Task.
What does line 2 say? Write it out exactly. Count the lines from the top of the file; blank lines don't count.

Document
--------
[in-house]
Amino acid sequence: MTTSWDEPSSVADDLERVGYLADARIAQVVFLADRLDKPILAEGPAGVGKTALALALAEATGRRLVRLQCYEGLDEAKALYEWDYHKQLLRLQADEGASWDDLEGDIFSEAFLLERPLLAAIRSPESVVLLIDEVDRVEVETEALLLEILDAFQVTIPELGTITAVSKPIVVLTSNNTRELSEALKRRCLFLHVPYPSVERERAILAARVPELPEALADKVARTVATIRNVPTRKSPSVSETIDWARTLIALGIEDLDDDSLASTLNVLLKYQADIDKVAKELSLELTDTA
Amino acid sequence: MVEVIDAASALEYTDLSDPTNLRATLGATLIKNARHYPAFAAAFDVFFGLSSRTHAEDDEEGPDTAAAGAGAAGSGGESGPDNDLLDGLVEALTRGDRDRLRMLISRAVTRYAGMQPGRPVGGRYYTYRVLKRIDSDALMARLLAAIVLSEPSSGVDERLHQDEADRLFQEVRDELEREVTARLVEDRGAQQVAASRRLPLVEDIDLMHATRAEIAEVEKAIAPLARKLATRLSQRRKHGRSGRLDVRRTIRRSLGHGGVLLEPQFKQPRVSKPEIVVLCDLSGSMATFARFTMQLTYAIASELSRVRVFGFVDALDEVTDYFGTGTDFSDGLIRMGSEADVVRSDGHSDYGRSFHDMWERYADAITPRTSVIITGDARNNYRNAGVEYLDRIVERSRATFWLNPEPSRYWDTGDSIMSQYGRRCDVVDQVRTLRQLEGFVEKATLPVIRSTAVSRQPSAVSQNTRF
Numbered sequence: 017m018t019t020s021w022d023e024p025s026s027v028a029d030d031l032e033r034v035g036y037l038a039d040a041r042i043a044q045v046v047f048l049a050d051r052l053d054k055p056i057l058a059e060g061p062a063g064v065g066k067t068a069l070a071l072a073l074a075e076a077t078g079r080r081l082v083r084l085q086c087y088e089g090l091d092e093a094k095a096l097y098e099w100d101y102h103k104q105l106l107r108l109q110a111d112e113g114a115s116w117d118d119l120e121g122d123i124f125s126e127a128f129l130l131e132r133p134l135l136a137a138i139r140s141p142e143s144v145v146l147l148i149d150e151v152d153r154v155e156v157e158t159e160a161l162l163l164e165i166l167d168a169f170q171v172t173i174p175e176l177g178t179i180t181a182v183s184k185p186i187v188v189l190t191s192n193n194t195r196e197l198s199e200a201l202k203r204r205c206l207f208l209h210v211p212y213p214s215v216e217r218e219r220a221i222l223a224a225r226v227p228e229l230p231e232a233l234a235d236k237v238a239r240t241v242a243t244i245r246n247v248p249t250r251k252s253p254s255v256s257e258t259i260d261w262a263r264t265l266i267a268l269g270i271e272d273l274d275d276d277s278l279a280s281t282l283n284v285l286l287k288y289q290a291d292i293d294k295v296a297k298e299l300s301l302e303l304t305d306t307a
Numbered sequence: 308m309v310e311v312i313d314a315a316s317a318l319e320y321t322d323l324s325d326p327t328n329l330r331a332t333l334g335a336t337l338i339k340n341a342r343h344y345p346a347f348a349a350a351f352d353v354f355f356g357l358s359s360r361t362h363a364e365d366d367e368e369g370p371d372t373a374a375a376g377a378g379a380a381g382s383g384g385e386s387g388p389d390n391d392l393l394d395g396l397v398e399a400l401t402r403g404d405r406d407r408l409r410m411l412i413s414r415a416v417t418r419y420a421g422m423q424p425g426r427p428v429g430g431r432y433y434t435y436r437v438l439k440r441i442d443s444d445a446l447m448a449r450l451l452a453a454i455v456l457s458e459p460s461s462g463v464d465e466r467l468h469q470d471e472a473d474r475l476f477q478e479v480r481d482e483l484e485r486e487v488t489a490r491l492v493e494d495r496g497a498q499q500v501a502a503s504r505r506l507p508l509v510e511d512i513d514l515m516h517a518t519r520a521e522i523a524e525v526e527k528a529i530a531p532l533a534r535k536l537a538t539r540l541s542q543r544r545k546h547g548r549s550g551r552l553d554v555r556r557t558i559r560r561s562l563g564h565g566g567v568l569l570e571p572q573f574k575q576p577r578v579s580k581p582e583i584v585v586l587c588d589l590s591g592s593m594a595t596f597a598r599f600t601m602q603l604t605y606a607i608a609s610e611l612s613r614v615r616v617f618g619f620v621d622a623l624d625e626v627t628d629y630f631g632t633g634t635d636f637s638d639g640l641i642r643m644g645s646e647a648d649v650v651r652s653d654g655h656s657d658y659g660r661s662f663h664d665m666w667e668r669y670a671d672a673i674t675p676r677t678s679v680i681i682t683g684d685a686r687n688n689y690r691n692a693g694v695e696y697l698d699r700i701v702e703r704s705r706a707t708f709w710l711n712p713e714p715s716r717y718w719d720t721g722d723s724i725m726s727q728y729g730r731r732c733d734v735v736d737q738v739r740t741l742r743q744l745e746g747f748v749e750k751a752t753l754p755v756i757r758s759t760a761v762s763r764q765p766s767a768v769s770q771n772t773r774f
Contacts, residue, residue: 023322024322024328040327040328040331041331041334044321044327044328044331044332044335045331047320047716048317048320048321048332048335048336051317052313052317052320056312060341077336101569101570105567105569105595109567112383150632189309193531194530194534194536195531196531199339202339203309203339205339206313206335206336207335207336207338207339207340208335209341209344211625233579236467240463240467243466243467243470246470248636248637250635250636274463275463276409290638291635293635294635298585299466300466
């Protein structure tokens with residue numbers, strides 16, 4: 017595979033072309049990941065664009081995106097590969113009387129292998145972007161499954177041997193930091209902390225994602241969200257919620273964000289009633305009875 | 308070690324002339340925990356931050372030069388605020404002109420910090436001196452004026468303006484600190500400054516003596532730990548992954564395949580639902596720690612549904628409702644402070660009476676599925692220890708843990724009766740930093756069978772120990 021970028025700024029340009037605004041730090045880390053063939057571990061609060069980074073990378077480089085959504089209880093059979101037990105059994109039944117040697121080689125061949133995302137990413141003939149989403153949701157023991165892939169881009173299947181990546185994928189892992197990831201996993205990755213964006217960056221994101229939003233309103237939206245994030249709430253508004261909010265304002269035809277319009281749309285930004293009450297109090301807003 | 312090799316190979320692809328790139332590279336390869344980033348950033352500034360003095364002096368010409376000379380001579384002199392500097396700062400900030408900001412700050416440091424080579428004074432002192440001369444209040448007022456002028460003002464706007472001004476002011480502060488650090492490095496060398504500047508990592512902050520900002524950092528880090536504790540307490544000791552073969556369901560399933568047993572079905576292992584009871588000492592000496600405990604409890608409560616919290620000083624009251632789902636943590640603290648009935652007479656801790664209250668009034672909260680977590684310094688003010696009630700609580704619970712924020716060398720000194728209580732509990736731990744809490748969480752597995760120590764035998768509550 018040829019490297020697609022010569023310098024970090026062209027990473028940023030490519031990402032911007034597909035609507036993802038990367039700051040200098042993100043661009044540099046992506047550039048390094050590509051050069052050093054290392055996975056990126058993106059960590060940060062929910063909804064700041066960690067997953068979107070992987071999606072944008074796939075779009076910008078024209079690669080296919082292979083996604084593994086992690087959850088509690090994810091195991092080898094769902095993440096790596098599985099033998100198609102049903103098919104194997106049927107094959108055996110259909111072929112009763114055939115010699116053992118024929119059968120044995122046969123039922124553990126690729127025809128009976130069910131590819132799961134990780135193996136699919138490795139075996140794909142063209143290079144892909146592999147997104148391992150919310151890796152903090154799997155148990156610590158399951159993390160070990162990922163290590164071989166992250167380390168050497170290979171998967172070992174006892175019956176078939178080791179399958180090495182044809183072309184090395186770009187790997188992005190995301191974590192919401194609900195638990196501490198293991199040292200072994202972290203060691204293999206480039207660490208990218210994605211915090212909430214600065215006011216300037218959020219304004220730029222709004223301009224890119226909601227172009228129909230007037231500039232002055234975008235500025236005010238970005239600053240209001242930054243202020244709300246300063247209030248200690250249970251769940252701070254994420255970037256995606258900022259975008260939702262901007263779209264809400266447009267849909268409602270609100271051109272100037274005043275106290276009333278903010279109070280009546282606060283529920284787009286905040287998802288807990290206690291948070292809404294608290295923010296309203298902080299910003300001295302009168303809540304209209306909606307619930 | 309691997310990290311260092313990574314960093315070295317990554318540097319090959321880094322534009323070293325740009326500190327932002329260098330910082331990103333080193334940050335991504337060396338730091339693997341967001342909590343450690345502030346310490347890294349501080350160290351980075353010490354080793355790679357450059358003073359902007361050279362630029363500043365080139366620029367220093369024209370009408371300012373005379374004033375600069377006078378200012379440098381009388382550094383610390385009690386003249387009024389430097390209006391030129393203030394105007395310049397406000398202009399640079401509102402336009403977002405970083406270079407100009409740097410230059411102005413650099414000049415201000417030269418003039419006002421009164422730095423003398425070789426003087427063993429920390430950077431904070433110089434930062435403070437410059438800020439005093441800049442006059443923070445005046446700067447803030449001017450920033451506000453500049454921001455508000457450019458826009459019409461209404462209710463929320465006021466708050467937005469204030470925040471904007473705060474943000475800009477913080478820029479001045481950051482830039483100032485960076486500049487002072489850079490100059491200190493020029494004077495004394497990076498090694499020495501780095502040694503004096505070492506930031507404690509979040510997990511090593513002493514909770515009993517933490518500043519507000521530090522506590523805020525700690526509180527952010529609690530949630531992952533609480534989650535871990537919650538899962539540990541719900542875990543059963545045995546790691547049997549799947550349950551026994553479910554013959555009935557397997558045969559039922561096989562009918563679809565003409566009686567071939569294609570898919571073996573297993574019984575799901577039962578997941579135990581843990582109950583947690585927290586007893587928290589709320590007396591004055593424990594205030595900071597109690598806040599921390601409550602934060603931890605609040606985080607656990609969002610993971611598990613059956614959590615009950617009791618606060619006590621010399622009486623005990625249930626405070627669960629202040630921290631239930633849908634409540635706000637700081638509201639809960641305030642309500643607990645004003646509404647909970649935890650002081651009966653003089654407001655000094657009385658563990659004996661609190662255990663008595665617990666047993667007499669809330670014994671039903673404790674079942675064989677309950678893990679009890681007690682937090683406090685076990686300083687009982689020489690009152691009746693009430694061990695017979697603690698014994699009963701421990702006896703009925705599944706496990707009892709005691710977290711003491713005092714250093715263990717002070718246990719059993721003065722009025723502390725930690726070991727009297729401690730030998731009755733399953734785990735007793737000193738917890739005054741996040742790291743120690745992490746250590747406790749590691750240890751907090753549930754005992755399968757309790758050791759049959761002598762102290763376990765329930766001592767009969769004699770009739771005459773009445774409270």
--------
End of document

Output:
Amino acid sequence: MTTSWDEPSSVADDLERVGYLADARIAQVVFLADRLDKPILAEGPAGVGKTALALALAEATGRRLVRLQCYEGLDEAKALYEWDYHKQLLRLQADEGASWDDLEGDIFSEAFLLERPLLAAIRSPESVVLLIDEVDRVEVETEALLLEILDAFQVTIPELGTITAVSKPIVVLTSNNTRELSEALKRRCLFLHVPYPSVERERAILAARVPELPEALADKVARTVATIRNVPTRKSPSVSETIDWARTLIALGIEDLDDDSLASTLNVLLKYQADIDKVAKELSLELTDTA